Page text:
QUESTION: I was in court last week and the judge appointed a corporation as the receiver in a case. I thought a receiver cannot be a corporation. Has something changed?
ANSWER: Previously, California Financial Code § 106, defined “trust business” as the “business of acting as an executor, administrator… receiver… under the appointment of any court or by authority of any law of this or any other state or the United States, or as a trustee for any purpose permitted by law.” Financial Code § 1500 went on to provide that no corporation shall engage in the trust business unless it is qualified as required by that section, which required generally that it be a bank. The one exemption was set forth in Financial Code § 1501.2 which provided: “Nothing in this division shall prohibit a non-profit corporation from acting as a receiver pursuant to the appointment of any court.” It was, therefore, clear that, in general, a receiver in California could not be a corporation.
However, last year the legislature amended the Financial Code. It repealed § 106 and replaced it with § 115, which basically says the same thing. It repealed § 1500 and replaced it with § 1550, which basically says the same thing. It repealed § 1501.2 and replaced it with § 1553 which drastically changed the exemptions to the requirement for a corporation to qualify to act as a receiver. In particular, Financial Code § 1553 now provides:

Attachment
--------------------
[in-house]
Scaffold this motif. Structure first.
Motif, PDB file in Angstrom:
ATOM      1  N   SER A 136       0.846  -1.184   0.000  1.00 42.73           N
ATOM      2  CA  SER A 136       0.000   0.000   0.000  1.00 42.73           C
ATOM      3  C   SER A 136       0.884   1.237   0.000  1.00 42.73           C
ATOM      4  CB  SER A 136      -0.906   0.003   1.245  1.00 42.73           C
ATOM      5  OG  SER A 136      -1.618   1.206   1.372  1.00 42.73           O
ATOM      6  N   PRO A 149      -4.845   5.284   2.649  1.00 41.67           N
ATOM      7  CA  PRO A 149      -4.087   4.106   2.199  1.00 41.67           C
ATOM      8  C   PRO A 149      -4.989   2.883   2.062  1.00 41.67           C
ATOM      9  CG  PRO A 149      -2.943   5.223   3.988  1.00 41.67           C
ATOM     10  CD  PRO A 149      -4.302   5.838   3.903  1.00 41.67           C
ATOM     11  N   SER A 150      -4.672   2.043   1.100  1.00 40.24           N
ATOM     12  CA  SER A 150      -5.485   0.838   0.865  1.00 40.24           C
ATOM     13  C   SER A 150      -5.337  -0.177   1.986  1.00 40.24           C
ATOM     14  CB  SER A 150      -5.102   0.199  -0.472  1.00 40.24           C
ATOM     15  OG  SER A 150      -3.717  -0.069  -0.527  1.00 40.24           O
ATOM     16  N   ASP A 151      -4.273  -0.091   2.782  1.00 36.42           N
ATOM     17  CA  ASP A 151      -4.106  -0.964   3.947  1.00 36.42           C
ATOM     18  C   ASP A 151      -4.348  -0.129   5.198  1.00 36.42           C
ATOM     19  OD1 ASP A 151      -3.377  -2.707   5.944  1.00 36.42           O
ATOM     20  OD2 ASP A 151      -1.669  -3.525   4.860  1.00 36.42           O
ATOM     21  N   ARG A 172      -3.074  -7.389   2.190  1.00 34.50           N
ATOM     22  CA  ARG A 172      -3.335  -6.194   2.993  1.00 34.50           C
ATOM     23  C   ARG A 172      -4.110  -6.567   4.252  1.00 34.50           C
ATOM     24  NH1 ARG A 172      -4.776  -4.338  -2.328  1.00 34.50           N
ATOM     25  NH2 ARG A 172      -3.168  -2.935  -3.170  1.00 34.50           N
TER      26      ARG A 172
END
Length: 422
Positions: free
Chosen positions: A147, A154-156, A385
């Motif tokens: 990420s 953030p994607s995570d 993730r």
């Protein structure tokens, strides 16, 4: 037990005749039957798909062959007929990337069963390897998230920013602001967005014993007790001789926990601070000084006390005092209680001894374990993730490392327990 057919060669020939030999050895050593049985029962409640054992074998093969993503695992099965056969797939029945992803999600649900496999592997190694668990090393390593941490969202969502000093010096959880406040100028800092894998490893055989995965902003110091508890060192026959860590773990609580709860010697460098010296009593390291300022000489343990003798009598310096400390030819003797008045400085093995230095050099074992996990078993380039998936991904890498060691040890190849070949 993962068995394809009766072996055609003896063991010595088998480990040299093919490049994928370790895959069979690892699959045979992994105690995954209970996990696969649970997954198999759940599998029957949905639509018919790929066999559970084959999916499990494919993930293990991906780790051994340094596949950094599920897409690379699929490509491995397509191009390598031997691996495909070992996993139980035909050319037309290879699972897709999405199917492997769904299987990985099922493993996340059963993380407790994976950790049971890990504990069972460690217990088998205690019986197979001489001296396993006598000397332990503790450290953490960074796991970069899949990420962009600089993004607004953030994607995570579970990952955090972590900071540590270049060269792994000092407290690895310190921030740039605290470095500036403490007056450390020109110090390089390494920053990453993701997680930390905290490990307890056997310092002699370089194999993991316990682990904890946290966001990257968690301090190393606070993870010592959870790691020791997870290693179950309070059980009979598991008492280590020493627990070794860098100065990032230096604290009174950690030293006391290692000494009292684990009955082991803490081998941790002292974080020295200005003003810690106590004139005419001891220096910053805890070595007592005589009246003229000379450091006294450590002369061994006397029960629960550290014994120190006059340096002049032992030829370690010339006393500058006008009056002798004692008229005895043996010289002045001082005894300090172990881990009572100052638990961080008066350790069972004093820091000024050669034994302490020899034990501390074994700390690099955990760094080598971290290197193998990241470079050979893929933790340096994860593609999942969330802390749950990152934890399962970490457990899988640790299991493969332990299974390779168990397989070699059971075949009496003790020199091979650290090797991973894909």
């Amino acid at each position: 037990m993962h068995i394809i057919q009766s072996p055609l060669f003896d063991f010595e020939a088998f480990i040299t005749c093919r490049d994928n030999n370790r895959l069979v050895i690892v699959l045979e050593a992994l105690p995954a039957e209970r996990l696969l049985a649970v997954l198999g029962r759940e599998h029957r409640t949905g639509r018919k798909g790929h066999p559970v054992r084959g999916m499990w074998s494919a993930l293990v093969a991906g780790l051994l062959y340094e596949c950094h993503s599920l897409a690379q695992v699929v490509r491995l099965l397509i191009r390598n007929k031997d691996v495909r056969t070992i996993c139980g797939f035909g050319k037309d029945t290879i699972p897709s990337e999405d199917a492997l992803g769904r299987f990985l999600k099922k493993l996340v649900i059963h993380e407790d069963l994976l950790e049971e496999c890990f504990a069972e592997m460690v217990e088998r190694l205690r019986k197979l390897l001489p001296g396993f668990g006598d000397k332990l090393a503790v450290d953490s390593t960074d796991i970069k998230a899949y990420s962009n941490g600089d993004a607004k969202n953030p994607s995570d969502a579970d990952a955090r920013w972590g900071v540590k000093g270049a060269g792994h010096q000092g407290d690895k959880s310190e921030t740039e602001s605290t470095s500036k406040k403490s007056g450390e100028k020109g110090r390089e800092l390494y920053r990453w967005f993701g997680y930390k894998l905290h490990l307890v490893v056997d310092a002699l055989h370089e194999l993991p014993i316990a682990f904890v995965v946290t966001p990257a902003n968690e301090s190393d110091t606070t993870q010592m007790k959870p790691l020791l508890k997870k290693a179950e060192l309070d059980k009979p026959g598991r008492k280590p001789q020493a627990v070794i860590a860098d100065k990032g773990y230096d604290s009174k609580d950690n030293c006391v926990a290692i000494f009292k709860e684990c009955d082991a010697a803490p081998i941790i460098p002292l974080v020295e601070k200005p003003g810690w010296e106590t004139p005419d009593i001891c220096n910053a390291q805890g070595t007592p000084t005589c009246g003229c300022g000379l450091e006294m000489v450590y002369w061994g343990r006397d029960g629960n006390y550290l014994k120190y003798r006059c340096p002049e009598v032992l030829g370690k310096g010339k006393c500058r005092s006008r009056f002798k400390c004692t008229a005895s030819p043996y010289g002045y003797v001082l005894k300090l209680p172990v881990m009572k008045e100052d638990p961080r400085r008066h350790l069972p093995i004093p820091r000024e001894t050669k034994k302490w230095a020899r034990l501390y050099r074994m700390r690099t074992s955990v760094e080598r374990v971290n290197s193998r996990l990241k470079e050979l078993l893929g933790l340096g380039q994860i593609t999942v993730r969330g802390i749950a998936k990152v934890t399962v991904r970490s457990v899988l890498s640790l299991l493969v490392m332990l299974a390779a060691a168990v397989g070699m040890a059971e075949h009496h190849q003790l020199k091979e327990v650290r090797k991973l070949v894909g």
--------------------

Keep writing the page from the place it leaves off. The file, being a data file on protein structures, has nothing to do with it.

[T]he following persons are exempt from Section 1550:
(d) Any person appointed as receiver, trustee, or other fiduciary by a court of competent jurisdiction acting pursuant to that authority.
“Person” is defined in § 18 of the Financial Code as “any person, firm, partnership, association, corporation, company, limited liability company, syndicate, estate, trust, business trust, or organization of any kind.” As a result, given the amendments to the Financial Code, a corporation can be appointed as a receiver. Whether that is a good idea is another question. From a receiver’s standpoint, it may be beneficial to have the protection of a corporate entity. From the standpoint of the court and parties to receivership actions, it may raise a number of issues. First, a corporation cannot appear in court without counsel. Second, who at the corporation is acting for the court as receiver – the CEO? the CFO? the CEO’s secretary? any officer of the corporation? We will just have to see how this plays out and how willing courts are to appoint persons who are not natural, breathing, people as their receivers.